Posted on Sunday, 5 January, 2020
A sample of cuneiform text (file photo). Image Credit: PD - LACMA
A clay tablet has been found to depict a demon that the ancient Assyrians believed was responsible for seizures.
Situated at the Vorderasiatisches Museum in Berlin, the 2,700-year-old tablet had been originally discovered at the library of a family of exorcists who lived in Assur, which is now in northern Iraq.
Assyriologist Troels Pank Arboll from the University of Copenhagen had recently been analyzing the stone when he discovered a drawing that had been overlooked for years.
On closer inspection, it appeared to be a demon with horns, a tail and a forked tongue.
It turned out that this demonic figure was 'Bennu' - a demon that the Assyrians believed was responsible for the involuntary muscle movements associated with epilepsy.
The text on the tablet contains details of remedies designed to treat the condition.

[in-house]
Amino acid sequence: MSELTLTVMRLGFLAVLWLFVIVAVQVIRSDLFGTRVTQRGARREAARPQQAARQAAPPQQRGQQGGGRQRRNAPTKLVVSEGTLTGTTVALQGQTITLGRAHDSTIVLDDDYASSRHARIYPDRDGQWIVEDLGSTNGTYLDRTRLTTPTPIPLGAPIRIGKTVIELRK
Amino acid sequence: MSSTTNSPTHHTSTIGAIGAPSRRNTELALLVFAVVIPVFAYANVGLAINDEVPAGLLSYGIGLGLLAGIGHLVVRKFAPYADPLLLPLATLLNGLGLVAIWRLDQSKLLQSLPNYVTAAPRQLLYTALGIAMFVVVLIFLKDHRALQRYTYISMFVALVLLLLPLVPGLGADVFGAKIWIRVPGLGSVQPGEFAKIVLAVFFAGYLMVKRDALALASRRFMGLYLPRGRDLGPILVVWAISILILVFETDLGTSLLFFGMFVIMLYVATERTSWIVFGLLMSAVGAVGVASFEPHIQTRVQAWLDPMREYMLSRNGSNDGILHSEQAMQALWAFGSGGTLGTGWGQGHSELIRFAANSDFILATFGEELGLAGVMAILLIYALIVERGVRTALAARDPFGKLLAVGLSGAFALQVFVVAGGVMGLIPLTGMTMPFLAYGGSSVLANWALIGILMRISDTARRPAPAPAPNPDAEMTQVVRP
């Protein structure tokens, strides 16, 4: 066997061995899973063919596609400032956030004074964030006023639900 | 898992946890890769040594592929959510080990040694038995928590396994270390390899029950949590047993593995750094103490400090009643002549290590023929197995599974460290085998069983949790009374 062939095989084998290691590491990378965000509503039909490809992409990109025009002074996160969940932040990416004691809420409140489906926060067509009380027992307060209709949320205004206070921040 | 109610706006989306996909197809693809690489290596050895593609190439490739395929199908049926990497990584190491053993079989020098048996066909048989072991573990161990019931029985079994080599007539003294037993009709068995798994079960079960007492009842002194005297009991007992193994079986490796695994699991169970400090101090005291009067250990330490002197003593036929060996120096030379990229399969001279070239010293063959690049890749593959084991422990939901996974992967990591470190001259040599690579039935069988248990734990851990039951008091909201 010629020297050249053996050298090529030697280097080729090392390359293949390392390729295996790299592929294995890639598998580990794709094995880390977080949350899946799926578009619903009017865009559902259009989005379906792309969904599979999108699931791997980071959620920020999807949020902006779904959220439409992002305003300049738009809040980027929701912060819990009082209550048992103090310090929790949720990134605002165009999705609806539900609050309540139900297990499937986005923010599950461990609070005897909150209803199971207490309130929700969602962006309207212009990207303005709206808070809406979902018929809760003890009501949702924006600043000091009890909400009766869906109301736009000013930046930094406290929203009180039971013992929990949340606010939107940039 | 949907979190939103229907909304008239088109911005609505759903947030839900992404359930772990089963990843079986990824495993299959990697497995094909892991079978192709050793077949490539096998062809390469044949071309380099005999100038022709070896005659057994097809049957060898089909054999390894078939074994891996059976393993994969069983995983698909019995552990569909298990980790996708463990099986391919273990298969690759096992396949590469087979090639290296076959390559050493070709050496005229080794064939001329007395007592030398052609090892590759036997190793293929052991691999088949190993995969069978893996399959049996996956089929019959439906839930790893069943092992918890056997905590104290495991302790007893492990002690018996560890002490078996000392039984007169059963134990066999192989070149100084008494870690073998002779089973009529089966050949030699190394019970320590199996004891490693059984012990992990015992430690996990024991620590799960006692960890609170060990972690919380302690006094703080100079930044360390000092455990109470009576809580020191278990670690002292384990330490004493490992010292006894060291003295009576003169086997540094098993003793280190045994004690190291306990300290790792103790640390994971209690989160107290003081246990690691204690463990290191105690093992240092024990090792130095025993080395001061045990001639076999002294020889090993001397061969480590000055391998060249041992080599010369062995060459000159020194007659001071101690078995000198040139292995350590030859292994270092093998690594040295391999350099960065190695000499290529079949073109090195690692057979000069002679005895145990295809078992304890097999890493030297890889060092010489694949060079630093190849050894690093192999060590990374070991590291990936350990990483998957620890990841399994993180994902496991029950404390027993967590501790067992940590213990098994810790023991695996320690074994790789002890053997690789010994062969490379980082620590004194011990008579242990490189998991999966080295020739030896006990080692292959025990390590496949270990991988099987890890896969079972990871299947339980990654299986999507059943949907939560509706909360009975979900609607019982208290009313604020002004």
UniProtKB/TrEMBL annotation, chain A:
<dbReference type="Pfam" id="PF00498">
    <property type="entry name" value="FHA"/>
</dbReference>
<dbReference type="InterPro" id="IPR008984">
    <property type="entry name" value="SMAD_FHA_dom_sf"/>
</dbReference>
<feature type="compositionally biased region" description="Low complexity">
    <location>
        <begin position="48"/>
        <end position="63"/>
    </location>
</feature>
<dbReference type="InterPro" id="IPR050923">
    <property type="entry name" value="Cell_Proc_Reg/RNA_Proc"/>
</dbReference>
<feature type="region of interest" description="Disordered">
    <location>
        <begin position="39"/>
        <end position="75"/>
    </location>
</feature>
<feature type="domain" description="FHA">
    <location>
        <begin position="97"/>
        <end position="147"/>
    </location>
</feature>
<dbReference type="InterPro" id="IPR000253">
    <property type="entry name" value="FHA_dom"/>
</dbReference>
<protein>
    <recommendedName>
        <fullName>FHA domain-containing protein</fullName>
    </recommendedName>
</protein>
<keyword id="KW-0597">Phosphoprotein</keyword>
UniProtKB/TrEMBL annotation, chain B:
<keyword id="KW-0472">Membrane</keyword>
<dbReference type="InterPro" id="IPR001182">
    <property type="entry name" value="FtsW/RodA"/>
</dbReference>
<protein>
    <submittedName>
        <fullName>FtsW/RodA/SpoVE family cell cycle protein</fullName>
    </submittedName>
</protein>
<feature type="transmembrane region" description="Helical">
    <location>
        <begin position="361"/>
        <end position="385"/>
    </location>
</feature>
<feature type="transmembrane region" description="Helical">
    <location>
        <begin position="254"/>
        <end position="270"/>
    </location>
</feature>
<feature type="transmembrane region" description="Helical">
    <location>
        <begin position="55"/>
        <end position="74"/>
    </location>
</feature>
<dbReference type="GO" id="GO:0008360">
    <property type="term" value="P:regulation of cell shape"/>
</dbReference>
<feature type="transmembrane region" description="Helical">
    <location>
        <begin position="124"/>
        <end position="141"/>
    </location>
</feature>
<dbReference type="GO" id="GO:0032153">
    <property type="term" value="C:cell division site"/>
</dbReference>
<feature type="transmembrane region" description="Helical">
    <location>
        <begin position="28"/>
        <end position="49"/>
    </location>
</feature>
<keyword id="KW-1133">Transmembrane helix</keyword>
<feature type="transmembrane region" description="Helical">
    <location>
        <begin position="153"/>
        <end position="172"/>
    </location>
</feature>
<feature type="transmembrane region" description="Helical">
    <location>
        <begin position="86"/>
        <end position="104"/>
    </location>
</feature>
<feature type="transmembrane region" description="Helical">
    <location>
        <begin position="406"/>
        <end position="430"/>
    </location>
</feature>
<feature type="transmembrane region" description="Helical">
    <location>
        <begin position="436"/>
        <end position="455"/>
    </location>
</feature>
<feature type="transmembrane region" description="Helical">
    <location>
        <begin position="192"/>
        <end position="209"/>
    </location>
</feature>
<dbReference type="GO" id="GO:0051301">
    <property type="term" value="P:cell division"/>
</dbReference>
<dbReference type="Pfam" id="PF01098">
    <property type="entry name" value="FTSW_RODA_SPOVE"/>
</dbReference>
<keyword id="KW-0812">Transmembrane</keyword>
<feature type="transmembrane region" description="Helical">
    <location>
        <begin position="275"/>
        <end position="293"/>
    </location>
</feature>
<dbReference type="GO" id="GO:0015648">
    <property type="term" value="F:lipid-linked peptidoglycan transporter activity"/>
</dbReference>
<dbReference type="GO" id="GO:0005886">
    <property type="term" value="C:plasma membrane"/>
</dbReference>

"I was the first one to notice the drawing, despite the text having been known to researchers for decades, so it is not easily seen today unless one knows it is there due to the damage on the manuscript," Arboll told Live Science.
"This specific drawing is a depiction of the actual demon, instead of other comparable drawings, which generally depict a figurine made during a ritual to remove the illness."
Troels Pank Arbøll @PankTroels
I have a new article out on a newly discovered drawing of a Neo-Assyrian demon connected to psychological and neurological disorders, which may be the earliest illustration of epilepsy in a demonic form (see drawing)! Available for free via following link https://www.academia.edu/40875312/Arbøll_2019_A_Newly_Discovered_Drawing_of_a_Neo-Assyrian_Demon_Connected_to_Psychological_and_Neurological_Disorders_JMC_33_pp._1-31 …
5:34 AM - Nov 8, 2019
Thanks to: https://www.unexplained-mysteries.com